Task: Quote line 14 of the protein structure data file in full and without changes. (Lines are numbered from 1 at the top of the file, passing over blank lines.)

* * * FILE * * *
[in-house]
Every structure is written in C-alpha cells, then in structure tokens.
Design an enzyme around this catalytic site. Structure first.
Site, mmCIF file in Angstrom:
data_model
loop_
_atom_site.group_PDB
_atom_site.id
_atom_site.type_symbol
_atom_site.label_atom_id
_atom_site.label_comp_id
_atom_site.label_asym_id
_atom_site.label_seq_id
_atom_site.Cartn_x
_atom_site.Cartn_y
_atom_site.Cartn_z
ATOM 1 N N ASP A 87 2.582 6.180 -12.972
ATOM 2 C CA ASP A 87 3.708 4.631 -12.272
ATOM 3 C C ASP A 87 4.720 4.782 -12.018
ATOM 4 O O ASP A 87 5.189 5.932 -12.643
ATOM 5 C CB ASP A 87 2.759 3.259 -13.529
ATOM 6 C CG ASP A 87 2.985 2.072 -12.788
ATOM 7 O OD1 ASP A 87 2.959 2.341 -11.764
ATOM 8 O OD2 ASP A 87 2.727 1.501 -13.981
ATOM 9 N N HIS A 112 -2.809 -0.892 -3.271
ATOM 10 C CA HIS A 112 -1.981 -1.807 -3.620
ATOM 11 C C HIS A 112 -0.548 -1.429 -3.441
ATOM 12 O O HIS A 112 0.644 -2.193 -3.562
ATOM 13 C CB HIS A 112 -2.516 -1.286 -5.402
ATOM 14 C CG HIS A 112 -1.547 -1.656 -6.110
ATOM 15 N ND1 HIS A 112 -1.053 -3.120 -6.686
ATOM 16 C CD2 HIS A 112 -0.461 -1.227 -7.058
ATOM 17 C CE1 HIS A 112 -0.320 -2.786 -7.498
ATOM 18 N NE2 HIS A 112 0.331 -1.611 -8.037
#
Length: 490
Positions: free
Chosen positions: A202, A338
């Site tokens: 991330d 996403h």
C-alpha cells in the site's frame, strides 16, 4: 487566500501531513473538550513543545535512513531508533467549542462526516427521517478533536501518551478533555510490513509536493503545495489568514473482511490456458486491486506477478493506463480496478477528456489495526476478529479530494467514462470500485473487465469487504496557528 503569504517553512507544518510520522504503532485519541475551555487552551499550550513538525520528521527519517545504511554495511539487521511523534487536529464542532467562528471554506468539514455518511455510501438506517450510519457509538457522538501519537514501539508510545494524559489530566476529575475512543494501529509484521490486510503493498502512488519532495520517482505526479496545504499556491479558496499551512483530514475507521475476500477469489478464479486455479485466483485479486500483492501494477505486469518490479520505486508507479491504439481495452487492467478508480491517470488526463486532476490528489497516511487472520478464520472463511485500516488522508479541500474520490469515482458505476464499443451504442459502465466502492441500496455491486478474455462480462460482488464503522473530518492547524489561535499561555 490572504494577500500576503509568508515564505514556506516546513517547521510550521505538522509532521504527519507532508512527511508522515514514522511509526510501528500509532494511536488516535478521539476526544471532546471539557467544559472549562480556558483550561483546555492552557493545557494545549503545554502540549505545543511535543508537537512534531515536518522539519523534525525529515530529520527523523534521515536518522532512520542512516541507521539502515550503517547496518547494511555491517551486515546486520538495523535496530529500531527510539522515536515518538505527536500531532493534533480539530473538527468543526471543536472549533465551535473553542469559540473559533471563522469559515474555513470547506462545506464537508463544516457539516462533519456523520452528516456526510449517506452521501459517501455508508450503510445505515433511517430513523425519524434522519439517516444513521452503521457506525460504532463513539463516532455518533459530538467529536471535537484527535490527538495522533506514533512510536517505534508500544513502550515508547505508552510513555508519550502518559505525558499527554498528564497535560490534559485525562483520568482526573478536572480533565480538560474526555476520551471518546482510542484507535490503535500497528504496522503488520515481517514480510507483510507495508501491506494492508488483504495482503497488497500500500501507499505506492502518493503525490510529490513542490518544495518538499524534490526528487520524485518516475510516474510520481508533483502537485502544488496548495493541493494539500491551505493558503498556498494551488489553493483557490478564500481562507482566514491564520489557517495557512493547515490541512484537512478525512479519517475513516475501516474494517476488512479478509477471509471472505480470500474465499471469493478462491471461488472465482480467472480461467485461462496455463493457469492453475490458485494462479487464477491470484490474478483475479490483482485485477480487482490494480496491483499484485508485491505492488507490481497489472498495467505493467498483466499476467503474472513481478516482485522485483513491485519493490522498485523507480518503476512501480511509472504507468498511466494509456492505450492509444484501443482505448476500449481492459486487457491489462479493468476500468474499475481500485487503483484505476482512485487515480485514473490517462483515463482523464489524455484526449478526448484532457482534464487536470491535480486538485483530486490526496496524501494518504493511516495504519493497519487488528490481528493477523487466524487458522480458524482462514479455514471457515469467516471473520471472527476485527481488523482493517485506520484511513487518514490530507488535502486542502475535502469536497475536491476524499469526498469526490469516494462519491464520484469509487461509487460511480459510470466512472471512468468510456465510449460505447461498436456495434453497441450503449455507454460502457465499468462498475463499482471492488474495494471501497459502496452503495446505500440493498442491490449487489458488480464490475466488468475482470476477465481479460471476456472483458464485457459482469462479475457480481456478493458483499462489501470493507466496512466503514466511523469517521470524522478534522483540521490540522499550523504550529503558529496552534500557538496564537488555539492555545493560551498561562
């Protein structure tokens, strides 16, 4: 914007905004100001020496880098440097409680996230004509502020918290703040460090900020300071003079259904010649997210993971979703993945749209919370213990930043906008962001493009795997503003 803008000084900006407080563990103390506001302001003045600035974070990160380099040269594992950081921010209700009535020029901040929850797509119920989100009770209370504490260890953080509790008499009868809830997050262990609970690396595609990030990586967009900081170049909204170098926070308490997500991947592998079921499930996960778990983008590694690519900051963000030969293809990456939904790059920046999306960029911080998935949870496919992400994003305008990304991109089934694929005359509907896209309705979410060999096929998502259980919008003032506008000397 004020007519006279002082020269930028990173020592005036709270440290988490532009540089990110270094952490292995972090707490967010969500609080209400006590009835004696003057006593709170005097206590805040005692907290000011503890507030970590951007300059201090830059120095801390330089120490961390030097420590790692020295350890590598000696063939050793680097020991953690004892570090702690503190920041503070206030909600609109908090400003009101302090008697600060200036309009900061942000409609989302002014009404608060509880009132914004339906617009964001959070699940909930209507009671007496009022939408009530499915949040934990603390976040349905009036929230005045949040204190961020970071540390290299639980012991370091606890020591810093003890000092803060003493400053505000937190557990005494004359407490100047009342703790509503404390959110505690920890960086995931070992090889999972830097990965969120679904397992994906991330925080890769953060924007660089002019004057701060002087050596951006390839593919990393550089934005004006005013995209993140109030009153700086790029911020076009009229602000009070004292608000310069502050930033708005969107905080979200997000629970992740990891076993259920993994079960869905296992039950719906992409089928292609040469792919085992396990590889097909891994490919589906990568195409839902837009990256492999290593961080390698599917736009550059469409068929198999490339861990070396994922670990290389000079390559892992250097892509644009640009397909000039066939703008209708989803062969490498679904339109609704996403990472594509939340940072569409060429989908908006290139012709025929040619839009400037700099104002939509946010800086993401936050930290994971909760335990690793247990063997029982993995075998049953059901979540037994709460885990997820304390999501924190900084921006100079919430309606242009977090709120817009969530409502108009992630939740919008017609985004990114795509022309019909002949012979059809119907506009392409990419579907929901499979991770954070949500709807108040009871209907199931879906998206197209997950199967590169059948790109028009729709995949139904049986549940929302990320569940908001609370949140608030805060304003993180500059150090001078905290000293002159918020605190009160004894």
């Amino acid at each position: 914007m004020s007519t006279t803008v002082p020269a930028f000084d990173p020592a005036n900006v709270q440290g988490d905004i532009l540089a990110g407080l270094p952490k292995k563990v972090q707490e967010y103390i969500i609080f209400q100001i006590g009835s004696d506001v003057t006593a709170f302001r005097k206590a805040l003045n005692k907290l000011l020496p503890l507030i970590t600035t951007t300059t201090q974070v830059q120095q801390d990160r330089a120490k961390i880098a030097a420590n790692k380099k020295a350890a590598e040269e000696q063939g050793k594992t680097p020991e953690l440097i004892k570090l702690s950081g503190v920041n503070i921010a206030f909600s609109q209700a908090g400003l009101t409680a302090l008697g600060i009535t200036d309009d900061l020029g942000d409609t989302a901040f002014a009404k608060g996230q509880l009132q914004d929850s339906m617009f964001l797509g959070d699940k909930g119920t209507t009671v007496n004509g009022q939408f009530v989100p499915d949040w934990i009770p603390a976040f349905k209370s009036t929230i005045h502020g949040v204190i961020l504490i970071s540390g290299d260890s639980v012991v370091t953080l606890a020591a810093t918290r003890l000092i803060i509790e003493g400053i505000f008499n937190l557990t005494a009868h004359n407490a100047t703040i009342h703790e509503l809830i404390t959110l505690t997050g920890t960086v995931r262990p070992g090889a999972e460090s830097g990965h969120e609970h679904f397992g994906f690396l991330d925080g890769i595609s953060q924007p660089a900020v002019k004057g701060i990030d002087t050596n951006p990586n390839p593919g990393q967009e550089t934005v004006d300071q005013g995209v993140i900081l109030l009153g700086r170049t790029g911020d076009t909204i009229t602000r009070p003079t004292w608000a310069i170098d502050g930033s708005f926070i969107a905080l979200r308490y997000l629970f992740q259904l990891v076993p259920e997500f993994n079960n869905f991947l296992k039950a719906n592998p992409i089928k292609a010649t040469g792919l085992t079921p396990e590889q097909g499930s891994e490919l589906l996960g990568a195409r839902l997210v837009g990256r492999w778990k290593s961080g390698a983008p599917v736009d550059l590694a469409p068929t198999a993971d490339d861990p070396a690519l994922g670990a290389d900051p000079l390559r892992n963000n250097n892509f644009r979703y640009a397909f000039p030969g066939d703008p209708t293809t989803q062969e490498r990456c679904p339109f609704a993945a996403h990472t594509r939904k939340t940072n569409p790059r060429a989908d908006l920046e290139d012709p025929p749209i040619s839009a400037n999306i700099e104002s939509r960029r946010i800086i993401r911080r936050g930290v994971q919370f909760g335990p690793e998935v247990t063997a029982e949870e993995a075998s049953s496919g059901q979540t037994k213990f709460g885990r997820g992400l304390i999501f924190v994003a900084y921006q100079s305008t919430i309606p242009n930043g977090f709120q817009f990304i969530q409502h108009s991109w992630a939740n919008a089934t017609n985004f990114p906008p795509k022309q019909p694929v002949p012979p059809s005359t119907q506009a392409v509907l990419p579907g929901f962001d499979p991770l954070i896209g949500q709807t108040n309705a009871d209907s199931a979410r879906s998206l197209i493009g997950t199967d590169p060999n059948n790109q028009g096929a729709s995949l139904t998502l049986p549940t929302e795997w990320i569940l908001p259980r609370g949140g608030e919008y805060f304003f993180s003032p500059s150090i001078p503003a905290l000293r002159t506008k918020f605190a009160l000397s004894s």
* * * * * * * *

_atom_site.Cartn_x